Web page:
Horseshoe magnets originated from the idea of bending a magnetized rod, thus bringing the two poles close together so that they could act simultaneously on the same armature and double the load they could lift; it was found, however, that a horseshoe magnet could lift more than twice the load that one of its poles could lift by itself.
The explanation of this lies in the fact that when the armature is placed in contact with only one of the poles of a horseshoe magnet the polarization of the of the extremity not in contact is not exploited. But when the armature is in contact with both poles, since polarization is the overlapping of the polarizations that it would undergo if it were placed in contact with the two poles separately, we have the exploitation of the polarization that each pole produces at the extremity of the armature with which it is not in contact; as a consequence the force of attraction that each of the poles of the magnet exerts on the armature is greater than the force it would exert if it acted alone. The example presented here is made of tempered steel, equipped with armature and is quite wide (width 28 cm; length 21.5 cm).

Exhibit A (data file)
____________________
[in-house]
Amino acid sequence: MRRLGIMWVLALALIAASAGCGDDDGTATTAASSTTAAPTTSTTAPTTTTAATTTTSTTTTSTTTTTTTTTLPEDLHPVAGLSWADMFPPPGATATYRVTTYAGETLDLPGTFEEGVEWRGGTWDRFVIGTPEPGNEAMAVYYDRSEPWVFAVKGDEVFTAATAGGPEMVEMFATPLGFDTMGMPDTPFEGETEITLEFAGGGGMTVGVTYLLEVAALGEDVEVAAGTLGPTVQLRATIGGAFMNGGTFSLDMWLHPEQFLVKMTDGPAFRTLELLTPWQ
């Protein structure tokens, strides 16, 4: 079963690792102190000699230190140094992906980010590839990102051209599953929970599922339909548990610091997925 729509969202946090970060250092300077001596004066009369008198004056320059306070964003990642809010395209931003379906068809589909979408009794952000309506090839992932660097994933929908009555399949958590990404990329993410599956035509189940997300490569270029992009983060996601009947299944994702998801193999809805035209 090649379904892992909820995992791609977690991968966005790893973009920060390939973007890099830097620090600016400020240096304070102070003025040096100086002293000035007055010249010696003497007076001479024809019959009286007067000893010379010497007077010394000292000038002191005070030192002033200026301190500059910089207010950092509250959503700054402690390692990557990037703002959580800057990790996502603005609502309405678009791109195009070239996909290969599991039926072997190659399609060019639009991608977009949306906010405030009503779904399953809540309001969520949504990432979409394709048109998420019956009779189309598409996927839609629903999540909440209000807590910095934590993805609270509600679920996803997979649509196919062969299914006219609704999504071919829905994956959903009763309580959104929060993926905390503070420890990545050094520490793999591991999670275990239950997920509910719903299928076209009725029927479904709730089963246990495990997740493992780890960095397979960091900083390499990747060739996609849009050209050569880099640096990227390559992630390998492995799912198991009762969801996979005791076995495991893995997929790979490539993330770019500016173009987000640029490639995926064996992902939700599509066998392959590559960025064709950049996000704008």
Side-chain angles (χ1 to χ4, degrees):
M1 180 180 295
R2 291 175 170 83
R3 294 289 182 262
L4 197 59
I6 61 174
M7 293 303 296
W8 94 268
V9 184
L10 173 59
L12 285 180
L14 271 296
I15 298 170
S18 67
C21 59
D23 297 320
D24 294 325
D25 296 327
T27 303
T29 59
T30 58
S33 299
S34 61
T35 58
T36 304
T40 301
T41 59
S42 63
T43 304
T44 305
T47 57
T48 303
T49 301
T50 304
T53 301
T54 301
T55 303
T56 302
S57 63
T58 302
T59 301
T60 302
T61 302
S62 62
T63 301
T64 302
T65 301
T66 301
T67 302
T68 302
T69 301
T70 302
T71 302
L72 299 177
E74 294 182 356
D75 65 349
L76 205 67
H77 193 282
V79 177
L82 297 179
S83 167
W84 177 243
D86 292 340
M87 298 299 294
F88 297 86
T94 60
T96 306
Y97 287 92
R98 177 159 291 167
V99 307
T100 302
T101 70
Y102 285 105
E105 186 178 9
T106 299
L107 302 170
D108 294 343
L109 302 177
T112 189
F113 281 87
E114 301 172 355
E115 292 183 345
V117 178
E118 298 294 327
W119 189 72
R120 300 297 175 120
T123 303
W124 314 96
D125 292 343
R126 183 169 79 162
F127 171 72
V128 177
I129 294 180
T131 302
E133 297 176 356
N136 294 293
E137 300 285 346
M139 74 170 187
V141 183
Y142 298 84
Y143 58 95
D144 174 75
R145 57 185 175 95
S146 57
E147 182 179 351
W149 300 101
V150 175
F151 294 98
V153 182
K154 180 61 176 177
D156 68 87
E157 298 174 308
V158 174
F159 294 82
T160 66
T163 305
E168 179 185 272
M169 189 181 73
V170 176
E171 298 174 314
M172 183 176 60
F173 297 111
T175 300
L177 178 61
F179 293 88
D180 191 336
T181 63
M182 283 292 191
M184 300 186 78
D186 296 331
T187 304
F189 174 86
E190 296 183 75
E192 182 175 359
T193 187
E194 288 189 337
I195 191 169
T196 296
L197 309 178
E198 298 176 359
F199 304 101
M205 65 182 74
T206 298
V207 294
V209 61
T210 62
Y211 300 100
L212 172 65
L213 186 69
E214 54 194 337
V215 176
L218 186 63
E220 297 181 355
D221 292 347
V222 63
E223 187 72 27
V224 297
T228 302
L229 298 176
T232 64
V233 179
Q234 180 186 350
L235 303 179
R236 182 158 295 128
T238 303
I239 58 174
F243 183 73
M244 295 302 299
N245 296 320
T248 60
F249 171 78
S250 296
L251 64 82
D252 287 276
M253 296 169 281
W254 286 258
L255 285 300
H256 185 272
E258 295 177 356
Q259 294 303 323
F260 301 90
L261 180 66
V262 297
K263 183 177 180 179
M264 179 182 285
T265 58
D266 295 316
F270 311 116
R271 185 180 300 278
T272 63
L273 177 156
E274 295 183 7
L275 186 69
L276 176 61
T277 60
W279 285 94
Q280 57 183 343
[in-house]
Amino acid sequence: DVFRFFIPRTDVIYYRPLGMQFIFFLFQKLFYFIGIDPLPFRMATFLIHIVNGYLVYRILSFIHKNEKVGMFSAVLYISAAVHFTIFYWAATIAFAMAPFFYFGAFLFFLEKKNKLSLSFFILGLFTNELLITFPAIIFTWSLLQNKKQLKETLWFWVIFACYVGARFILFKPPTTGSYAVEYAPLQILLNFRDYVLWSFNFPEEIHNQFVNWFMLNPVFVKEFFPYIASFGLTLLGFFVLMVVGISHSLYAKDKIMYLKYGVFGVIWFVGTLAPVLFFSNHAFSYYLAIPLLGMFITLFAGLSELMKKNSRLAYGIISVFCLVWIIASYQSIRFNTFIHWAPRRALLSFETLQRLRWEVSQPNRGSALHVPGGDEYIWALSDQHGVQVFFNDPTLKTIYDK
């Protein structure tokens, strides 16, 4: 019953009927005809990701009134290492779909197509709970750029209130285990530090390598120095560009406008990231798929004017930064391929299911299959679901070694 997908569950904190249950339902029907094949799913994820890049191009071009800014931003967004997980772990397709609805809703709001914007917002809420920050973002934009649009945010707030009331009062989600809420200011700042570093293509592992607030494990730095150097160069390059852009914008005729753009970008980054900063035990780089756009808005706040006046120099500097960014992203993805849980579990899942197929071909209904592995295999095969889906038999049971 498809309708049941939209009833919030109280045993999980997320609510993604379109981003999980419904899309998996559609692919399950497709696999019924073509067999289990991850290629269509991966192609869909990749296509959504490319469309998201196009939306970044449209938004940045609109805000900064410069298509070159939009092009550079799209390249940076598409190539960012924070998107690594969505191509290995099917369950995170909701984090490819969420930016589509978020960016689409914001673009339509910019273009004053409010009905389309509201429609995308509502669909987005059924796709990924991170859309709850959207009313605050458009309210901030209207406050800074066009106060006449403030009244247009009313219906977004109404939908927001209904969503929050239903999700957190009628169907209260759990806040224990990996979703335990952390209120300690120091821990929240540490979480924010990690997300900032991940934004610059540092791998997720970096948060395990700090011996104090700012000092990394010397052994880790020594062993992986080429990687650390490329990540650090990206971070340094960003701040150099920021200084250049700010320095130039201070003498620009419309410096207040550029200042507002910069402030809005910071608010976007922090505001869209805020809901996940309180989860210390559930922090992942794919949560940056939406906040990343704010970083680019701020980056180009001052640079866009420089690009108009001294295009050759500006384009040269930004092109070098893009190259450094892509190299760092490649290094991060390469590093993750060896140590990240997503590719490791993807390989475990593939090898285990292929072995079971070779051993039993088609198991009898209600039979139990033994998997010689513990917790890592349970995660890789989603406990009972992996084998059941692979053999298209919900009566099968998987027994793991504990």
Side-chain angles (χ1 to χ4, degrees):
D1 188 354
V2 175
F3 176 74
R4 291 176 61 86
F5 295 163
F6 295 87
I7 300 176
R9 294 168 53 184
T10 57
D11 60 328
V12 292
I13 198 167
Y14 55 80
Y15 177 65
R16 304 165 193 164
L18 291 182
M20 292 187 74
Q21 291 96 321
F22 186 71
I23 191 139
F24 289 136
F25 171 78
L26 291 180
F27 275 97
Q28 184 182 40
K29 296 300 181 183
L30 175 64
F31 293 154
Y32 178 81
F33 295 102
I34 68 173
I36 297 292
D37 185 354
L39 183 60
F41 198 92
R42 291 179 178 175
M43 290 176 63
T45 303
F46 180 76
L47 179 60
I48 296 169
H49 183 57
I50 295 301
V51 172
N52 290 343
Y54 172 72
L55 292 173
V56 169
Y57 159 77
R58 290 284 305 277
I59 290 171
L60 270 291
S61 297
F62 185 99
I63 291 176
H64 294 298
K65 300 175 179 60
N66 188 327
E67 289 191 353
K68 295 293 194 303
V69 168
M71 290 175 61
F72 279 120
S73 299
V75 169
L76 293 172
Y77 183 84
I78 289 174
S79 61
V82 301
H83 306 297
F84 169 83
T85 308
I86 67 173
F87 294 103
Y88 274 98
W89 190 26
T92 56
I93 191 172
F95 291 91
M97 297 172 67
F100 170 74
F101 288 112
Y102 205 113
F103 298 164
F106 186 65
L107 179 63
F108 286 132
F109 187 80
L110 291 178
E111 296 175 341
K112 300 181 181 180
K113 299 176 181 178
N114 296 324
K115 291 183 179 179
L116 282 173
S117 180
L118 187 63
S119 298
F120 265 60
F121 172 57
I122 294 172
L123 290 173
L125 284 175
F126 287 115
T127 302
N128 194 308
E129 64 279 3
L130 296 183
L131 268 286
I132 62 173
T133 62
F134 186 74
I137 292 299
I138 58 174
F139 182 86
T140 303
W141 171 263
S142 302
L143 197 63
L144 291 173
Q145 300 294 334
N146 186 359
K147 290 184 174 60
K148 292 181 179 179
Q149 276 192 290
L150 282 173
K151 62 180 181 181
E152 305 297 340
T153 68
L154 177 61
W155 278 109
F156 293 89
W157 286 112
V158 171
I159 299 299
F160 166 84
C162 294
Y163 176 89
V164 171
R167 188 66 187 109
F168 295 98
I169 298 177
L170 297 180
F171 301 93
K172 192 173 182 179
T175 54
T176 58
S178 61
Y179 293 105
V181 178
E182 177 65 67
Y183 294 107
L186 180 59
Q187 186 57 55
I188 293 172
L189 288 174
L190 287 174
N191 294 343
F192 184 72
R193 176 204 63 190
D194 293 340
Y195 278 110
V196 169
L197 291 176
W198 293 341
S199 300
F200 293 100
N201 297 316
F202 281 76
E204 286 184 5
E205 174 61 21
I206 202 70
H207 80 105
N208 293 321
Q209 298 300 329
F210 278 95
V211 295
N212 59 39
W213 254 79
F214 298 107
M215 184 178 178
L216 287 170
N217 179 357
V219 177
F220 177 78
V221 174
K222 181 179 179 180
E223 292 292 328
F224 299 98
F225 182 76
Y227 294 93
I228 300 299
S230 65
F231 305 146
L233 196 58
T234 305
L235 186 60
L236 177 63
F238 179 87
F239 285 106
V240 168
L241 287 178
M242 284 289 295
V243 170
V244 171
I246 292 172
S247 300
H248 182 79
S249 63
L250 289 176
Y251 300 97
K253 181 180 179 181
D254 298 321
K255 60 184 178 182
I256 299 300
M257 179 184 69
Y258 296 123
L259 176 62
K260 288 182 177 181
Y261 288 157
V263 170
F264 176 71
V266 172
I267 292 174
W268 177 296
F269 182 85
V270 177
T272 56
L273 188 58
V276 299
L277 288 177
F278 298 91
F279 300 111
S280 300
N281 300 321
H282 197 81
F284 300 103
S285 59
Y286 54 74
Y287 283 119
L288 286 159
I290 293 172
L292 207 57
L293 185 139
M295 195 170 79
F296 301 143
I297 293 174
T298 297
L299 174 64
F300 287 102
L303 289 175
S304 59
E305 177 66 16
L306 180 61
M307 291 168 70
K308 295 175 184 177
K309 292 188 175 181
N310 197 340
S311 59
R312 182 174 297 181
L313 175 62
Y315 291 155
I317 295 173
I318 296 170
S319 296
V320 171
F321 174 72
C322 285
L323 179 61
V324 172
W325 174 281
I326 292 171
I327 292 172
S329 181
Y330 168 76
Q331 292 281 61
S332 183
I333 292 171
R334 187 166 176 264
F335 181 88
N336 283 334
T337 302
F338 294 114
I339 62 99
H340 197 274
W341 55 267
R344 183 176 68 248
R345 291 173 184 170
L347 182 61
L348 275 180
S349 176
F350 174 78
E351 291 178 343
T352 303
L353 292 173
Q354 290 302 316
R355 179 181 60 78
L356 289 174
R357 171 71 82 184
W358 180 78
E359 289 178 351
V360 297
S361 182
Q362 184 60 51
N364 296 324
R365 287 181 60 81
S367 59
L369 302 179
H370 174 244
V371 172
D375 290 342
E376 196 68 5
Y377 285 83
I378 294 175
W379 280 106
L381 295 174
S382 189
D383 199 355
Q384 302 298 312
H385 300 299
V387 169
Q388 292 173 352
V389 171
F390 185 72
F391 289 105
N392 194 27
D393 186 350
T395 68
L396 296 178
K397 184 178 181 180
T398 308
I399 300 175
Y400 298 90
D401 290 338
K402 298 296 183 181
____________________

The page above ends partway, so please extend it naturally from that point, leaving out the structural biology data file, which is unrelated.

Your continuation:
The arms are 3 cm wide and 1 cm thick. The extremities of the armature not in contact are worked and it has a robust hook.

Daguin (1878), T. III, p. 47
Drion-Fernet (1883), p. 440
Ganot (1864), p. 500

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